This was not speculation on the part of the Chinese because in the 1990s China was already developing one of the largest commercial ship building industries in the world. Japan and South Korea were already world class commercial shipbuilders and China noted that their neighbors started small and simple in order to master the management and worker skills needed to build larger and more complex ships. China followed the same model, even as South Korea and Japan advanced to more complex, and more profitable specialized commercial ships, like those carrying hazardous chemicals or liquified natural gas. A decade ago, China began to dominate the market for basic cargo and tanker ships and that created a large pool of veteran shipyard managers and workers. This is what China needed to start emulating Western Warship designs. They proceeded slowly, initially copying older Western designs that had tech more similar to what was used in commercial ships China had become effective at building. Meanwhile China subsidized firms developing specialized electronics for commercial and military ships as well as the gas-turbine maritime engines that enabled Western warships to rapidly increase speed. There were dozens of other ship techs that were common in Western commercial ships and more highly developed for warships.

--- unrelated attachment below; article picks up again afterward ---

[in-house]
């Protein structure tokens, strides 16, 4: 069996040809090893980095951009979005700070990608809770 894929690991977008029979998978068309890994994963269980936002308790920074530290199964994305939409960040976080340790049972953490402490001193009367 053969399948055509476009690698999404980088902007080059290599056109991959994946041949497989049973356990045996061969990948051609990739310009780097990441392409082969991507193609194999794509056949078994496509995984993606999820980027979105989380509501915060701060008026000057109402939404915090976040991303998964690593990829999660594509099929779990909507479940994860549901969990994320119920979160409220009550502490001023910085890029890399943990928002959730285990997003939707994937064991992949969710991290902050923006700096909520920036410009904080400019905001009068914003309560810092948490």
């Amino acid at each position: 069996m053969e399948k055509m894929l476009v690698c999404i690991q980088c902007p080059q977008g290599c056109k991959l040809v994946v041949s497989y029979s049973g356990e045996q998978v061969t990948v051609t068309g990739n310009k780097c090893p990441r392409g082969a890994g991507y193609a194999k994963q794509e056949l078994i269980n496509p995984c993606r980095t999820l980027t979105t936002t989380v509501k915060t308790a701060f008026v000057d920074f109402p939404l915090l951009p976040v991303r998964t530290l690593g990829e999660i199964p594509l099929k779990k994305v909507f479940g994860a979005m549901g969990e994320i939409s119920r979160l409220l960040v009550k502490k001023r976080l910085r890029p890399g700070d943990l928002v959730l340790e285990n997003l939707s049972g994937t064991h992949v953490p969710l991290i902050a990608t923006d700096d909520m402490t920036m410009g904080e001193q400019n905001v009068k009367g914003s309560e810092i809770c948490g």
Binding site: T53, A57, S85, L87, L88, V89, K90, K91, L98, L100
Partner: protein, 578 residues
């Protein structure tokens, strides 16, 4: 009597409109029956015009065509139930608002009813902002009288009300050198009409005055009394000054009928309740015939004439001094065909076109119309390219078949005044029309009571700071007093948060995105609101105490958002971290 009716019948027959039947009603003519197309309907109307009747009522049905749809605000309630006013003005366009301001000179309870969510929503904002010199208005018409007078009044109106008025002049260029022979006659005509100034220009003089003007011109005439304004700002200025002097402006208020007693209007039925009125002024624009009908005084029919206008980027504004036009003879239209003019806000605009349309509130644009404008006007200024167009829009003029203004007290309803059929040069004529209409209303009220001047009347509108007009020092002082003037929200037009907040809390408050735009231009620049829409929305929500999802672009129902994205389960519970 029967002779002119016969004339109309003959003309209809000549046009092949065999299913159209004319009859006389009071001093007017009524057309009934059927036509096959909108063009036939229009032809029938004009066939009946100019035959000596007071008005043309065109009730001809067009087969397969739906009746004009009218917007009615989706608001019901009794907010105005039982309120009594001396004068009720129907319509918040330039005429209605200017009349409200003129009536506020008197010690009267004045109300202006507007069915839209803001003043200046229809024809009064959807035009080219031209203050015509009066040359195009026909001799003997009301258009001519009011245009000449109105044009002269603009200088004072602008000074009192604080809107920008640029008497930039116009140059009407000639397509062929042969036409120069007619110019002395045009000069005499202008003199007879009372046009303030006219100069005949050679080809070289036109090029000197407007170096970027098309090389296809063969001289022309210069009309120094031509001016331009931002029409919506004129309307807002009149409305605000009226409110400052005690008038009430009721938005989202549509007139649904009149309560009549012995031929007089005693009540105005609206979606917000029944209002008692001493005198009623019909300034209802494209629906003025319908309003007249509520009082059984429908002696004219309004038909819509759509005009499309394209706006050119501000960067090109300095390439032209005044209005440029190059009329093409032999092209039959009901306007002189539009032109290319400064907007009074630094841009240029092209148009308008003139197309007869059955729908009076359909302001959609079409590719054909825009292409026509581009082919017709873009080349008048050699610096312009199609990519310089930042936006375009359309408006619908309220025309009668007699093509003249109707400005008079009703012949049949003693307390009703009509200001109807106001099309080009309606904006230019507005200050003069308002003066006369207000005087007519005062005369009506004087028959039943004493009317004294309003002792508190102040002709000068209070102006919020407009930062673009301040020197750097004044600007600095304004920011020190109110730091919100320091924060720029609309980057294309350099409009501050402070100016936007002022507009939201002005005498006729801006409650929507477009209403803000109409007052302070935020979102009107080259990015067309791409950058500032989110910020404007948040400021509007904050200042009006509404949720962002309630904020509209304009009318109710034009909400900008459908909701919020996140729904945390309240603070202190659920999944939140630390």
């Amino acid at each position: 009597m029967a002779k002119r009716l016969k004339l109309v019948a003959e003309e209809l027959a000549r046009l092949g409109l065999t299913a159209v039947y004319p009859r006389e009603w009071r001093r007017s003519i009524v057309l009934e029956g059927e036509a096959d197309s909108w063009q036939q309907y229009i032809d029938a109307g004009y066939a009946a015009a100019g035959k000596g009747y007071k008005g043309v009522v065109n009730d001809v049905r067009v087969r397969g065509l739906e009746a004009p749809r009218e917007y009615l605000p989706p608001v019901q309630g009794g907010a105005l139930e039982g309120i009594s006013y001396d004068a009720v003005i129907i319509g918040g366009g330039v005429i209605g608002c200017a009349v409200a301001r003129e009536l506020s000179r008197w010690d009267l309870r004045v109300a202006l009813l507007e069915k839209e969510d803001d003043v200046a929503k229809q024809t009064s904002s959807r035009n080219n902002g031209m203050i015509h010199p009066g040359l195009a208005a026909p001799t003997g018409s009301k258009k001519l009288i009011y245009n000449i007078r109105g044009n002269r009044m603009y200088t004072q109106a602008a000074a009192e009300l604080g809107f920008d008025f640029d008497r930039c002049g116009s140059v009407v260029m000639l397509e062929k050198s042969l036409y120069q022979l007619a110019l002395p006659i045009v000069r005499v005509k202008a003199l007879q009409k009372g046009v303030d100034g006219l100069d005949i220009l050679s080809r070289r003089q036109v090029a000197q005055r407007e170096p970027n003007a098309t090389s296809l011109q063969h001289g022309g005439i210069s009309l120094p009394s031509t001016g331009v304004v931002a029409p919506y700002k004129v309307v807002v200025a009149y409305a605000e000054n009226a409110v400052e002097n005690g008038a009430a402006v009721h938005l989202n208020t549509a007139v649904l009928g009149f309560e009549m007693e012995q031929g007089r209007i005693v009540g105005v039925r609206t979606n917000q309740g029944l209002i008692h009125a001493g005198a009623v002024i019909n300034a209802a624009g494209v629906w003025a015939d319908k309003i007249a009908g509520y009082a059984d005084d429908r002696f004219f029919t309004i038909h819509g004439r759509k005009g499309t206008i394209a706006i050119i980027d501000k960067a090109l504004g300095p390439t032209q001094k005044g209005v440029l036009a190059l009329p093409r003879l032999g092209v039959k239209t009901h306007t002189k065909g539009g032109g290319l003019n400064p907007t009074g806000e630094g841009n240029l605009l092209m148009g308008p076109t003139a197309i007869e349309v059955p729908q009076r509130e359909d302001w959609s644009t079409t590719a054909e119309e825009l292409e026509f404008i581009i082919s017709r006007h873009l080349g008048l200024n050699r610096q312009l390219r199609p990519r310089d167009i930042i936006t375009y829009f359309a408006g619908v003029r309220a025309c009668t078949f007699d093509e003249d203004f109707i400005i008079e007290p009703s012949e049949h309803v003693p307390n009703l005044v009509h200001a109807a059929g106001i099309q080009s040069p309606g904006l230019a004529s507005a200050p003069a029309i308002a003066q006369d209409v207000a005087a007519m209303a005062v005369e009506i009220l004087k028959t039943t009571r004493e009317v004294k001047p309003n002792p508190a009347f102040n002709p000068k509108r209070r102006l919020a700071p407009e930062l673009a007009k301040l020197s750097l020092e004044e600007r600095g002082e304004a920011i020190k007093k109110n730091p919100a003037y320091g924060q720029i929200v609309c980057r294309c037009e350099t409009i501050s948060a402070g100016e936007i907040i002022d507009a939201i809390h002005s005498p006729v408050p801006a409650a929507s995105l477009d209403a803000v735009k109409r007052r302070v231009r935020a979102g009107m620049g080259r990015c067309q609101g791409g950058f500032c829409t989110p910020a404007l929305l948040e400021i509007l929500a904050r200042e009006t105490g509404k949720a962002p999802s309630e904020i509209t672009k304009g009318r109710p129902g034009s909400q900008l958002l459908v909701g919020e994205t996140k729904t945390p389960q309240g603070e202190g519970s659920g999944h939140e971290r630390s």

It was noted by Western naval officers and ship builders that a single class of new Chinese warships would often improve radically from ship to ship, rather than in planned evolution used in the West where a class of twenty new warships would be planned so that these arrived in three sub-classes, with the subsequent ones modified to fix or upgrade the previous group. China adopted this practice by considering each new ship as a new group and stretching out the build time for all the ships in a class so that more changes could be applied, and often just tried out, on the next ship. This was obvious when there were external changes. It was later discovered that the internal changes were sometimes even more extensive. This process often led to new classes of warships consisting of fewer ships than planned. The next class of the same type of ship was markedly better than the first ship of the earlier class. China also avoided the Western practice of setting commissioning dates far in advance. New ships officially enter service when it was ready, and that often required over a year of sea trials. Sometimes the trials went on for so long that the new ship was officially commissioned into service but its initial service consisted of more trials and visits to the shipyard. This was particularly the case with the development of Chinese subs. Their modern diesel-electric designs were based on the popular, late-Cold War Russian Kilo-class. China has even more problems with nuclear subs and are still stuck trying to match or improve on Russian Cold War era designs. What China had never done before was commission five new warships at the same time for a publicity stunt. Chinese sailors saw that as unprofessional but were professional enough to keep it to themselves.